This is the the twenty-fifth post in my Theories of Knowledge and Reality series. Follow the link for more on the series and for links to other entries as they appear. In the last post, I looked at why some people think theism serves as the best non-naturalistic foundation for ethics. This post now looks at an objection to seeing God as the basis of morality.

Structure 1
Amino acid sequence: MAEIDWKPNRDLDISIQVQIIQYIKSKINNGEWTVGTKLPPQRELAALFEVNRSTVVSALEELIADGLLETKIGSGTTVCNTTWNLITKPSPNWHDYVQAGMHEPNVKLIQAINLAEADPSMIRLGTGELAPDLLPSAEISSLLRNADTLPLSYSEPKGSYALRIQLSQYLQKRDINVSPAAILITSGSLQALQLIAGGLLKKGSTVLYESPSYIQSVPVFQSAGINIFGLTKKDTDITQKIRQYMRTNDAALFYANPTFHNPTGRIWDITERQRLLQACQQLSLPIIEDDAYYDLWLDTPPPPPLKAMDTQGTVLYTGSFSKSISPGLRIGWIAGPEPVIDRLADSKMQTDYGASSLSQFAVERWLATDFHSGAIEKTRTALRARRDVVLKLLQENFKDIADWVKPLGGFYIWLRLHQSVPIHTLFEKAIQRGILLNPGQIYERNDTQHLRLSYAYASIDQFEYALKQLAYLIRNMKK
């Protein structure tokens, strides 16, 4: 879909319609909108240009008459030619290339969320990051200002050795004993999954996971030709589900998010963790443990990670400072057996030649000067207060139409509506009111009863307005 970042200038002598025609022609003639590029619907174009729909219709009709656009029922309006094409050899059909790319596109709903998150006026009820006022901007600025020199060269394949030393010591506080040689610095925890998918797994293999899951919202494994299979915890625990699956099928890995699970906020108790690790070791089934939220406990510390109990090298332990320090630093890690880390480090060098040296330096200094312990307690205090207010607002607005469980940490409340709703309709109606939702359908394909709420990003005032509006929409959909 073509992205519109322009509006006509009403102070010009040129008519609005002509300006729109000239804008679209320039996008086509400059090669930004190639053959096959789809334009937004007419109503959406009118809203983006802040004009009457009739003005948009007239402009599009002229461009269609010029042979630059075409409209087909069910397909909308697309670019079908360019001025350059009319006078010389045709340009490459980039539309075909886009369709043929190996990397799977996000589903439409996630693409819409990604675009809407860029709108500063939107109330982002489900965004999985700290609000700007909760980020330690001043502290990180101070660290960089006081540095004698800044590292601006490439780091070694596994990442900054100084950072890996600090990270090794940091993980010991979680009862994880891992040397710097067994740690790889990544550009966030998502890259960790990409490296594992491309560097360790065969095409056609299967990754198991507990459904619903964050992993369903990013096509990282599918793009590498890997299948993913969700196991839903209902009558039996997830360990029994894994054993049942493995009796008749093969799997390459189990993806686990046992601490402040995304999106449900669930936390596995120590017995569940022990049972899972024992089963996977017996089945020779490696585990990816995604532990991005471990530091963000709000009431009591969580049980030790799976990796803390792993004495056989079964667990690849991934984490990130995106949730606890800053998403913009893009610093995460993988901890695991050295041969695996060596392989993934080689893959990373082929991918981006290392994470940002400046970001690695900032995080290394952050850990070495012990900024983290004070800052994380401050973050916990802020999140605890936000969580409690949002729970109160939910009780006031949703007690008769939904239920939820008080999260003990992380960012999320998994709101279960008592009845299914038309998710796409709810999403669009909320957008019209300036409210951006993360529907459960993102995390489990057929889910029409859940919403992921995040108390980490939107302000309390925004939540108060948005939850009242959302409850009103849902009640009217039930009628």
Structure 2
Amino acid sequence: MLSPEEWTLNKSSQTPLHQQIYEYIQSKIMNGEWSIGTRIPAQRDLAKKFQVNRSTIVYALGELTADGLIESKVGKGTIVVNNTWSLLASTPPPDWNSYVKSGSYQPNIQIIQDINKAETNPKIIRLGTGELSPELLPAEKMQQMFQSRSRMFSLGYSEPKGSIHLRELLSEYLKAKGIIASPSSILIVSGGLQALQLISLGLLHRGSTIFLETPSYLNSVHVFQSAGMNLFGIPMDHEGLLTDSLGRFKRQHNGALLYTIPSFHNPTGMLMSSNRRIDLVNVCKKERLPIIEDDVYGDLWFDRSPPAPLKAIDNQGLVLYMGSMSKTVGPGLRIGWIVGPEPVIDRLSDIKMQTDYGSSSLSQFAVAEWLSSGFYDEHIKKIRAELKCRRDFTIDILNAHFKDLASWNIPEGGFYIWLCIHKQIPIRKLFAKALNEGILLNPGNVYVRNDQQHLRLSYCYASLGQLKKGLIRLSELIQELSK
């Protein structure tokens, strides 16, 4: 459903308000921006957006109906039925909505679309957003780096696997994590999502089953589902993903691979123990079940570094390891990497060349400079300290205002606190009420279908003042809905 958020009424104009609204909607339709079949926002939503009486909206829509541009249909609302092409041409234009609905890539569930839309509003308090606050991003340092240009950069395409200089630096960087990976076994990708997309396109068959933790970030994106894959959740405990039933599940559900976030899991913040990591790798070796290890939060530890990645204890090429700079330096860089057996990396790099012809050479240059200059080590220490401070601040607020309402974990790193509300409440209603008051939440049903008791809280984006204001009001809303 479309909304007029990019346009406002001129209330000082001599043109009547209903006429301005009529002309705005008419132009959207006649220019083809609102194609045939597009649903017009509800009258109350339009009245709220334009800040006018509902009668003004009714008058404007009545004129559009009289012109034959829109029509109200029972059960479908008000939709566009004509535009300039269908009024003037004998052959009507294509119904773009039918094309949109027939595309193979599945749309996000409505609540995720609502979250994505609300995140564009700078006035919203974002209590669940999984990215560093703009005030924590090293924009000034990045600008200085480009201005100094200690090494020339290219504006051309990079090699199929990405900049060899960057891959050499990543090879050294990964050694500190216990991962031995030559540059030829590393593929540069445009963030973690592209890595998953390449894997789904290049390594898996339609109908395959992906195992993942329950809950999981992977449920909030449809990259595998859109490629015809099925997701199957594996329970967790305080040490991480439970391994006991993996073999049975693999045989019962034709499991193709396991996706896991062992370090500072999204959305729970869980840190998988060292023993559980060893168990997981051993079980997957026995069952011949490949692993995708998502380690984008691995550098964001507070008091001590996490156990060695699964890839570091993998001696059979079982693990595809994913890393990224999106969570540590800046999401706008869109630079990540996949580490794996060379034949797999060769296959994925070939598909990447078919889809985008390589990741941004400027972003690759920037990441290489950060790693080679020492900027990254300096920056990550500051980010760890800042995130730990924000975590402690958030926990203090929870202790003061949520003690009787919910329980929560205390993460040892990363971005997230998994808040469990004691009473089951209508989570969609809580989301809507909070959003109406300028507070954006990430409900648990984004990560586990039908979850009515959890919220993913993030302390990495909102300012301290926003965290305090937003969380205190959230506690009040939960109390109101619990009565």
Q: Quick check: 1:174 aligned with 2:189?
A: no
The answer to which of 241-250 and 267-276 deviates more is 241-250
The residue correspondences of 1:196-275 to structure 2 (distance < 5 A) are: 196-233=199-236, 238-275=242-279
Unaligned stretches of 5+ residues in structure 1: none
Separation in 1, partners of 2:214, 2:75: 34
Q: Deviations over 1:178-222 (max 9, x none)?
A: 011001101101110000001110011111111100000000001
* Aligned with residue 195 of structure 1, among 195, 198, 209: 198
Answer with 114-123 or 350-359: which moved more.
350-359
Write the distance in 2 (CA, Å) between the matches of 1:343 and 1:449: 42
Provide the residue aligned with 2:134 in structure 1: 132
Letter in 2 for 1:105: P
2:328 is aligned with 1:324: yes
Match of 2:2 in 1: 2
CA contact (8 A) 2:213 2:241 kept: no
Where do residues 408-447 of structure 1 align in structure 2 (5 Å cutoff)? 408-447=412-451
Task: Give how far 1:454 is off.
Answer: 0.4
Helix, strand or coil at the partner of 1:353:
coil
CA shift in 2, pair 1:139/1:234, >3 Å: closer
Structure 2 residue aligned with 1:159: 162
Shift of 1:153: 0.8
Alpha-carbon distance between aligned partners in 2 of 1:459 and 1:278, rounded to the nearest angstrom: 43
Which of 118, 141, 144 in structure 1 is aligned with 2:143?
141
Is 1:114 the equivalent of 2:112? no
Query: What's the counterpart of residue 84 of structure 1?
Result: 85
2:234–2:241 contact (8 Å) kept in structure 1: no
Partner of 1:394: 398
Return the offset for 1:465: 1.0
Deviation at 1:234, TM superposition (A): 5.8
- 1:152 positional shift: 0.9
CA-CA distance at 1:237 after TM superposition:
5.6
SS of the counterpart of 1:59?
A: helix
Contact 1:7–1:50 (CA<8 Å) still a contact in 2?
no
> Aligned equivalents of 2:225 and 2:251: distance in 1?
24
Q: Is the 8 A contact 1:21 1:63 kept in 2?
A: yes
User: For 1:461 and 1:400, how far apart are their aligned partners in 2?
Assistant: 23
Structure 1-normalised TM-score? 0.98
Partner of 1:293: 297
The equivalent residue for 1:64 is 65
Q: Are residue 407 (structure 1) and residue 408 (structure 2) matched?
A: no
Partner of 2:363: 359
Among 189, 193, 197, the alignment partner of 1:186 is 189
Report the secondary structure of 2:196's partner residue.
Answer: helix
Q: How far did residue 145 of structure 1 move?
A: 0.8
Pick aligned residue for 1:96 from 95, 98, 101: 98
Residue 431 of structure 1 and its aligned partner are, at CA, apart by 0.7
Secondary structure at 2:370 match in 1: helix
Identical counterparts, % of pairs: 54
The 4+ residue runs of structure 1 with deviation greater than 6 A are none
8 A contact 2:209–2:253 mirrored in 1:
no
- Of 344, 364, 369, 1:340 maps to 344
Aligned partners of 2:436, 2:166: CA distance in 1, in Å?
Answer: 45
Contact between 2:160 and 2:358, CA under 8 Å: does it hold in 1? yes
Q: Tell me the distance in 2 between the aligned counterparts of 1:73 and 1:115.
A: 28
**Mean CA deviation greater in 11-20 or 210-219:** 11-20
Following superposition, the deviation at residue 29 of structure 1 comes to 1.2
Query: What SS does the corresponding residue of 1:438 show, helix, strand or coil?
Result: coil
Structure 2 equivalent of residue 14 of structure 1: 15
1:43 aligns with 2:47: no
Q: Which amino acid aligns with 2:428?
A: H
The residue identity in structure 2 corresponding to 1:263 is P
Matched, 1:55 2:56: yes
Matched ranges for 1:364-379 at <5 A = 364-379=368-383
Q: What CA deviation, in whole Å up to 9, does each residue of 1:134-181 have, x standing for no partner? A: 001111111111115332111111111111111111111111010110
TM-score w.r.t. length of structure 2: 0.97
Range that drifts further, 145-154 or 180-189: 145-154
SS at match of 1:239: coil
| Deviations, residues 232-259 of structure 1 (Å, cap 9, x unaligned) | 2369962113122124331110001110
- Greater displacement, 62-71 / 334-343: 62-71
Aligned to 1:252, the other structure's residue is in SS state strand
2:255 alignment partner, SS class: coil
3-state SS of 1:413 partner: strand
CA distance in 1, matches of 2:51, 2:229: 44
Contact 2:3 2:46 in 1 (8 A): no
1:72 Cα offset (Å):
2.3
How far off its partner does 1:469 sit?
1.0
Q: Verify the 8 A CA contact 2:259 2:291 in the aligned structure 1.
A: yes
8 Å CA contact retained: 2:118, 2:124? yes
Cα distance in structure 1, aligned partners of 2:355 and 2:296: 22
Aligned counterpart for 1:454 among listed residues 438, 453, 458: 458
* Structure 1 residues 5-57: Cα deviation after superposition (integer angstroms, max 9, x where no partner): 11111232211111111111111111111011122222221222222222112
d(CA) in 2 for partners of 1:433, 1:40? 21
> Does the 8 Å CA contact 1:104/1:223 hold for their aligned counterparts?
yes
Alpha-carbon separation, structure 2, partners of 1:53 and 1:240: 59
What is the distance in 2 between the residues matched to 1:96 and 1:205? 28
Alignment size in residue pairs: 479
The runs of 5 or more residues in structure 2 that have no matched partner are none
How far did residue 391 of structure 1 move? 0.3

In Plato's dialogue Euthyphro, he has the character of Socrates raise an objection to the idea that morality has something to do with the gods. If something is good just because the gods view it as good, the gods could command anything, and it would automatically be right. You don't have to be a polytheist for that consequence. How could God's mere choice be the basis of morality? Are good things good because God says they're good, or does God just declare them good based on seeing their goodness? If they are already good, then doesn't that mean God's choice didn't make them good?